He wakes up the next morning to find Steve parked outside his house. Steve is impressed with his place and Bishop explains he inherited a lot. Steve tries to convince him to let him in on his "action" Bishop takes Steve out in a plane, letting go of the controls and forcing Steve to take over, which he quickly does. At a bar later, Bishop explains that his father was a "Judge" who had the final word settling Organization disputes,until someone didn't like a decision and put a contract out on him, when Bishop was sill in school. Steve shares that his father never let him in on anything, although he wanted to know the business. Bishop lets him witness a karate match which turns pretty brutal. Steve remarks "He practically murdered that guy." and Bishop answers "Murder is only killing without a license and everybody kills, governments, the military, the police."
Steve: Do you think Yamato's a killer?
Bishop: He's a killer that doesn't kill. It's funny. No, for him, the rules are important.
Steve: That's your expert opinion?
Bishop: That's my opinion.
Steve points out that Bishop is being evasive about giving real answers. Bishop reminds him that he better be sure he wants the answers he's asking for. He asks Steve what he knows about the term "Mechanic" and Steve tells him it can be used as synonymous with hit man. Bishop reveals that's what he is and tells Steve that sometimes he could use a back up. Steve asks, "You do this for money?"
Bishop: Money is paid, but that's not the motive. It has to do with standing outside of it all, on your own.
He offers to teach Steve all he can, and confirming he's in, Steve says "You've got a partner Mr. Bishop." Bishop corrects him, "Associate."

Steve demonstrates an aptitude for the work and they start training for real. Going through a museum Bishop tells Steve "There are killers and there are killers, to tell you the truth they all have a different book of rules. To get away with it depends on the book of rules you have in your pocket at the time, your own country, somebody else's country, or your own personal book of rules. All this (waves at the museum figures) heroes, half of them are killers. Napoleon was one you know, Pancho Villa, Genghis Khan, and the we have our own domestic brand, like Billy the Kid, Jesse James and John Dillinger. Yeah, they're about as famous as our own honest to goodness heroes."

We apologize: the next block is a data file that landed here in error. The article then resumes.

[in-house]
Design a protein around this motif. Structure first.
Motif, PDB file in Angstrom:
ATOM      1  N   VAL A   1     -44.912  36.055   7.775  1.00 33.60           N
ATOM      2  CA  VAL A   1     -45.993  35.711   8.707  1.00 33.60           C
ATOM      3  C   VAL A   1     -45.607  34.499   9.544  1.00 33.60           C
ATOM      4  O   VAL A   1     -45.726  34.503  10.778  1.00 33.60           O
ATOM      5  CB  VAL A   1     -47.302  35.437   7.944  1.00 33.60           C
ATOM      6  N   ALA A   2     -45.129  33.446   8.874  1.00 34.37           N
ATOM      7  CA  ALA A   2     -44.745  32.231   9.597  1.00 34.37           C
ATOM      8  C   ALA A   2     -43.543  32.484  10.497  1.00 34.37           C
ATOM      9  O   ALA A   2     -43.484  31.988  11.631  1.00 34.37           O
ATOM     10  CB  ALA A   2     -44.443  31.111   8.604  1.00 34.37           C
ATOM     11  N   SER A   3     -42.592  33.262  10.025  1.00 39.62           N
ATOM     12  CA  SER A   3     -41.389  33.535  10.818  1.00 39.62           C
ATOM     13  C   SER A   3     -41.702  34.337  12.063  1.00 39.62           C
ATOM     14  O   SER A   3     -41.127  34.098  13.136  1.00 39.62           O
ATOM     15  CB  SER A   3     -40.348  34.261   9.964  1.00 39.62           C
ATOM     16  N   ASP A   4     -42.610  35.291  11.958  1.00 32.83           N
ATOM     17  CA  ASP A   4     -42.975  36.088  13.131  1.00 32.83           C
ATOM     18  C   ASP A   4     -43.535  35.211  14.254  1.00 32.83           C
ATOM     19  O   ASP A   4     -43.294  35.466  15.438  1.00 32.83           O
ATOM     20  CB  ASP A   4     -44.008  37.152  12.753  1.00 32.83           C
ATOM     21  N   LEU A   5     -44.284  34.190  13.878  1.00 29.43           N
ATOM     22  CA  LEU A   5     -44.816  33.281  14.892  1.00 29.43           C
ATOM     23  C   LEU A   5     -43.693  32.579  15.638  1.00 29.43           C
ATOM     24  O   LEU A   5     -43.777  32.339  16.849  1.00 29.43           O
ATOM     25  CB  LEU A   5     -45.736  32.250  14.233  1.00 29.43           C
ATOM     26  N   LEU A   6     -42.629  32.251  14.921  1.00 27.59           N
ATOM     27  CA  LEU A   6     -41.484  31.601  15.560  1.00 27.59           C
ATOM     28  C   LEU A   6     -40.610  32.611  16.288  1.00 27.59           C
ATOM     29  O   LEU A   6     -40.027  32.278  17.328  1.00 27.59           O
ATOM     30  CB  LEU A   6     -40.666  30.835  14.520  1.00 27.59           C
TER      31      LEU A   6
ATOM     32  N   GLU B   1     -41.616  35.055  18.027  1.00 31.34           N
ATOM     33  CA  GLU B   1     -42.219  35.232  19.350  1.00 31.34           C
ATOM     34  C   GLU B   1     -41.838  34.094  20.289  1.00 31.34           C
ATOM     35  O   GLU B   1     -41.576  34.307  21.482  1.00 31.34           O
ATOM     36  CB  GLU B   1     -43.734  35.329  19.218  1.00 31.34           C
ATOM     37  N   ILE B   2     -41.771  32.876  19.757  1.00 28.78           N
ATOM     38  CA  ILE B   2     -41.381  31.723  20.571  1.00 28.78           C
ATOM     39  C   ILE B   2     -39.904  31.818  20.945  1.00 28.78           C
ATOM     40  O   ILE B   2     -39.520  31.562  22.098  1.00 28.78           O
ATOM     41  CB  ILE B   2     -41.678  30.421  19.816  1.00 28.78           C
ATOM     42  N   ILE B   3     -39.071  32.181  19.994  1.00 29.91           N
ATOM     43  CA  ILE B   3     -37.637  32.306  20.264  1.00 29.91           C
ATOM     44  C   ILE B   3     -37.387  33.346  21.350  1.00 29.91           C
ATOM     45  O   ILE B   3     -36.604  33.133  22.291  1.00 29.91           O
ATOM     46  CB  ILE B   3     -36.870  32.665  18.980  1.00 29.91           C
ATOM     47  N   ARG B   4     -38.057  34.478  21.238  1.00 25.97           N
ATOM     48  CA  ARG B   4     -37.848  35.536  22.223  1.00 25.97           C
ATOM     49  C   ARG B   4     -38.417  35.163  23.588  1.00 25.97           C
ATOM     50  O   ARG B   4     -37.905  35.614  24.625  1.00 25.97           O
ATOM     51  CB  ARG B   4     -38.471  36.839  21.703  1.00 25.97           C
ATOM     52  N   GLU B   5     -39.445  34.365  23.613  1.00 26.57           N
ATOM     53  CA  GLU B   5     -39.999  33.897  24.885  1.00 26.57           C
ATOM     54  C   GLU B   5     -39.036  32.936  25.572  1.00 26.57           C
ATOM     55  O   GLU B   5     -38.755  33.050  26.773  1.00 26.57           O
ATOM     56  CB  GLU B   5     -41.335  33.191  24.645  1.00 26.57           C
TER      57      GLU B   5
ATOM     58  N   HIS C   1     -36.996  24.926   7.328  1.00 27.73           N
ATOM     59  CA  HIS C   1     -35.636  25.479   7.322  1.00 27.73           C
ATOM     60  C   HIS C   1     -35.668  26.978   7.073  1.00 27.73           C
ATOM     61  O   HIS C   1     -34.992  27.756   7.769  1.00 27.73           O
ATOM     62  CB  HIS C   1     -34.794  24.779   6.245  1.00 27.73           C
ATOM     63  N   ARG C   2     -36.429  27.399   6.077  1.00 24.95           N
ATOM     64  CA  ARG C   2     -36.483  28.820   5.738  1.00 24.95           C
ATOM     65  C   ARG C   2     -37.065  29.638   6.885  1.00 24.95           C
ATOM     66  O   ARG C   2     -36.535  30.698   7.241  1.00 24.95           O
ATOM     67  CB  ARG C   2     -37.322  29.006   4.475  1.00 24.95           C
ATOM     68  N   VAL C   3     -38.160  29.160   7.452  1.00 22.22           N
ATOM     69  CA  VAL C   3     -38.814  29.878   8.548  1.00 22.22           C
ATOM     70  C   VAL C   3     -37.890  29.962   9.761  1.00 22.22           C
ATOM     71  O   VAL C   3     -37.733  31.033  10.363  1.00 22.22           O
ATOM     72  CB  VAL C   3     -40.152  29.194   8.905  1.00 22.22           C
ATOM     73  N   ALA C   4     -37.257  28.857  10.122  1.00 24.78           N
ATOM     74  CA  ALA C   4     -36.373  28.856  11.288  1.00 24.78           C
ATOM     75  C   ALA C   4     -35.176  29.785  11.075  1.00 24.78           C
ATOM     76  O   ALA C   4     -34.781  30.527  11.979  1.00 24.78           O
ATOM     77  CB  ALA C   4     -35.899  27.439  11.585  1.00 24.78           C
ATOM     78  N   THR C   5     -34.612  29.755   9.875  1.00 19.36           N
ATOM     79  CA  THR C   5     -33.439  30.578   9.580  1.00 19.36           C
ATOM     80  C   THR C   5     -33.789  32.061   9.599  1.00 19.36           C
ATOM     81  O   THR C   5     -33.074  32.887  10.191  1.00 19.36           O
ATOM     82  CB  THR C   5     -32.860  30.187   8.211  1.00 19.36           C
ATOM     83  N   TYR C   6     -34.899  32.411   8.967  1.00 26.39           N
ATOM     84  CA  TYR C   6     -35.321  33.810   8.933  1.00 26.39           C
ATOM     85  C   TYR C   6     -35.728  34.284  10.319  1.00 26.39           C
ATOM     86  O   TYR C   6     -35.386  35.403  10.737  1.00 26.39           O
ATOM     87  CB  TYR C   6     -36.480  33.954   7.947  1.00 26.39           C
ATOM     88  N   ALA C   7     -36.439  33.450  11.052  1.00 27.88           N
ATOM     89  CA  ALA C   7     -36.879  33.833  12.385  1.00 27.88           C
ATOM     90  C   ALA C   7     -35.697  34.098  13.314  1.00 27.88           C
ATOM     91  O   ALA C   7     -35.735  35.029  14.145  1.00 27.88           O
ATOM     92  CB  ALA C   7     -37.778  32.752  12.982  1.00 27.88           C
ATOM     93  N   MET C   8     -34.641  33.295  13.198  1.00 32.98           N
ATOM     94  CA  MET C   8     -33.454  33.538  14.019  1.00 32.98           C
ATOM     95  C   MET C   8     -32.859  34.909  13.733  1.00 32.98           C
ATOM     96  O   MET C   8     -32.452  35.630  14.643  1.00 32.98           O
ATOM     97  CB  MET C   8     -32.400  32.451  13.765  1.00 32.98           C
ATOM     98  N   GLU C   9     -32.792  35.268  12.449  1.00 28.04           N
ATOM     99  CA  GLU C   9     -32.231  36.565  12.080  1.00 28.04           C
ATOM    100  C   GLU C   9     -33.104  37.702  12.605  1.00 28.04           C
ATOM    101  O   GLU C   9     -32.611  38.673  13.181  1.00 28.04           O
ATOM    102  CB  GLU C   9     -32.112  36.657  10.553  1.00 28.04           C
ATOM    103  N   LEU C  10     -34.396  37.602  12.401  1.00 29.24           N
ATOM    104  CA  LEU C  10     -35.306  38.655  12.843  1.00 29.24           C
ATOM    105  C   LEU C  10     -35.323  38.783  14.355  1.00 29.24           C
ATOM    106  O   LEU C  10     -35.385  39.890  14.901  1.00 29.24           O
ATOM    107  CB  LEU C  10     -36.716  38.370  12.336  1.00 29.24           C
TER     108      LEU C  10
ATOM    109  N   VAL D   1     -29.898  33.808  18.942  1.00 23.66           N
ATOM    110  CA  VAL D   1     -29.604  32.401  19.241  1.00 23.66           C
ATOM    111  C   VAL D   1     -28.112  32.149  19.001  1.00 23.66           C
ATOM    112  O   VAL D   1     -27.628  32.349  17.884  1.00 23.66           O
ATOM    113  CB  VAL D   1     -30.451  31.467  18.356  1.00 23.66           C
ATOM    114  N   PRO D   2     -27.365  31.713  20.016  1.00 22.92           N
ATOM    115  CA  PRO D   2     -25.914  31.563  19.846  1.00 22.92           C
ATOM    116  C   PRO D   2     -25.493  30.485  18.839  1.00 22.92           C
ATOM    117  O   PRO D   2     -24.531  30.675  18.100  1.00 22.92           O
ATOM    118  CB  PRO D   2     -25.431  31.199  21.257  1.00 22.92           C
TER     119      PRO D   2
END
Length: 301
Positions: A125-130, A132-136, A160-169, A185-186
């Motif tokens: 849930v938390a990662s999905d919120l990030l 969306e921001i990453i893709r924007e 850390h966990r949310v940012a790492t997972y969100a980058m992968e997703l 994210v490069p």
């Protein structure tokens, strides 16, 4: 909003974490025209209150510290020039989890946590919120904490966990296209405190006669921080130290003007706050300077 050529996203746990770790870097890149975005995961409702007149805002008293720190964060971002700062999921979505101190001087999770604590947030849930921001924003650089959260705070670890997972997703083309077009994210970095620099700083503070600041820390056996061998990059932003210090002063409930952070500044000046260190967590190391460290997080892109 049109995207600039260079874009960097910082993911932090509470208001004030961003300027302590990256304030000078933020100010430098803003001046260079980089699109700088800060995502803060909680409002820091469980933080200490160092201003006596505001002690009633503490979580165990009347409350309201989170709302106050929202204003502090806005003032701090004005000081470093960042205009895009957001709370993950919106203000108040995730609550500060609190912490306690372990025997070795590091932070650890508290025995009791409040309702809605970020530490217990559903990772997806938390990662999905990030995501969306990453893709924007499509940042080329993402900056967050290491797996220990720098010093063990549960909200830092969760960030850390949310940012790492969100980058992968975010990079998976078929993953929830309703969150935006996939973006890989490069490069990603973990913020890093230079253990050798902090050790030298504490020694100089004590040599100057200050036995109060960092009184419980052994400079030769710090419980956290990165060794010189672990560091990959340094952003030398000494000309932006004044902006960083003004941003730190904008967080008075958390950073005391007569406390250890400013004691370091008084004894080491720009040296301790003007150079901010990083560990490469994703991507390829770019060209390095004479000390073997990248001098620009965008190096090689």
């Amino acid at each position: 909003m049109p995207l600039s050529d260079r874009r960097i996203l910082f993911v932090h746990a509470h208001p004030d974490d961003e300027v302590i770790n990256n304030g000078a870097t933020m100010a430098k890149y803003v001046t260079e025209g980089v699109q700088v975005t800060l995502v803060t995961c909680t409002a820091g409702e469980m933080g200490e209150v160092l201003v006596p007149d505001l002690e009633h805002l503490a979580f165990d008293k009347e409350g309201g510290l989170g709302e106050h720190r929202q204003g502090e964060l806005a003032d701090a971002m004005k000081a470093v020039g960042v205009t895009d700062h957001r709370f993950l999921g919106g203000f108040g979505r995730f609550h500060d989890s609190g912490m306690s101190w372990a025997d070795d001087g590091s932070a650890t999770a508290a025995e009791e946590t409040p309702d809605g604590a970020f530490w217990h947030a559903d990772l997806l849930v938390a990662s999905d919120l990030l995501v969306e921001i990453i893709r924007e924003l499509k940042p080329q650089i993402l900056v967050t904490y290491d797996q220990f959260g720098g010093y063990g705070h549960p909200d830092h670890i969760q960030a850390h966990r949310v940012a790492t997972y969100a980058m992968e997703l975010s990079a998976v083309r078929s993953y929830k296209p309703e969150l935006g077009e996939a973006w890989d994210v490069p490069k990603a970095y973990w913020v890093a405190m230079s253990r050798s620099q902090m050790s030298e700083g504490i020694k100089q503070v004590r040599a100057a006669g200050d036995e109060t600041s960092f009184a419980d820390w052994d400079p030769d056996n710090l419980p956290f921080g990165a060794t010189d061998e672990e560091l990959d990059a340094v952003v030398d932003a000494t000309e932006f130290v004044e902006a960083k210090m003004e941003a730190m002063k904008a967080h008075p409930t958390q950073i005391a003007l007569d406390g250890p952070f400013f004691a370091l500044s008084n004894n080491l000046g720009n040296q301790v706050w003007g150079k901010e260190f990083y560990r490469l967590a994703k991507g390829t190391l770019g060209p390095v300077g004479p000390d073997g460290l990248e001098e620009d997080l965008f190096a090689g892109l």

Bishop gets an assignment to kill three men, who are in the habit of riding around on dirtbikes, but live behind heavy security with constant guards on watch. Bishop includes Steve in the job, including the surveillance. Bishop surprises Steve by watching one of the men in a conversation via binoculars and reading their lips to discover a "Chicken Licken" truck set to arrive at the guarded compound for a delivery. Bishop finds vats of acid at a plating plant to dump the bodies afterwards. Steve and Bishop take the Chicken Licken truck and enter the compound. The hit is messy though and one of the men escapes forcing Bishop to chase the man on a dirtbike. Although the man ends up dead, the chase causes quite a commotion running through backyard parties and causing car accidents.

Bishop is called to meet with one of the Organization heads. He takes a plane to meet a chauffeured car which brings him to the estate. The man (Frank DeKova) is paining a leopard which he has tied in the yard. The man comments that the last job was very messy and asks about Harry McKenna's son and how he's involved in things. Bishop takes exception at the thought of having to ask permission. The man reminds him that there are rules in place which ensure the Organization survives, implying that Bishop has broken a rule.
He gives Bishop a new assignment saying it has to be done fast.
Bishop: I'll handle it the way I always do.
Man: There may not be time enough for that. The word is he's getting ready to talk to some people. The problem is considerable.
Bishop: I'm not some wild Cleveland shooter. I don't cowboy!
Man: If he talks, things could get complicated, sloppy. That would disturb a lot of us. It's not really open to discussion, Mr. Bishop. This business of McKenna's son has upset a few of our associates.
The man tells him that the target is in Naples, where they have him a room already.

Bishop gets home and heads to Steve's place. Finding Steve is out, he looks around and finds that Steve has taken a contract to kill him. He puts the papers back and goes home. When Steve shows up at Bishop's house later, he fills him in on the Naples job, telling him they want it "Cowboyed"  He also tells Steve that he is nevertheless going to do it the way he's always done.

They head to Naples and start watching the target, discovering that the man is very unpredictable, rarely doing the same thing twice, with the exception of returning to his boat. Bishop shares a local wine with Steve, explaining that it doesn't travel well and they don't export it. He reminds Steve to savor it and the time he has. He also gives Steve advice about planning hits, telling him, "You've got to be dead sure, or dead." Bishop tells Steve he'll pick up some scuba gear and they'll use it to get on the boat undetected to kill the target. They succeed and Bishop plans an explosive before they leave. As they get off the boat, some Organization men show up after them in speedboats. They watch as the men get blown up with the boat. Steve asks who the men are and Bishop explains that they're Organization men, after him because he broke a rule by not asking them to start training him. More men show up soon, leading to a car chase. Bishop blows up a car chasing them and then sends an exploding car into a roadblock set for him, and pushes the last pursuing car off the mountain road with a bulldozer he finds on the side of the road.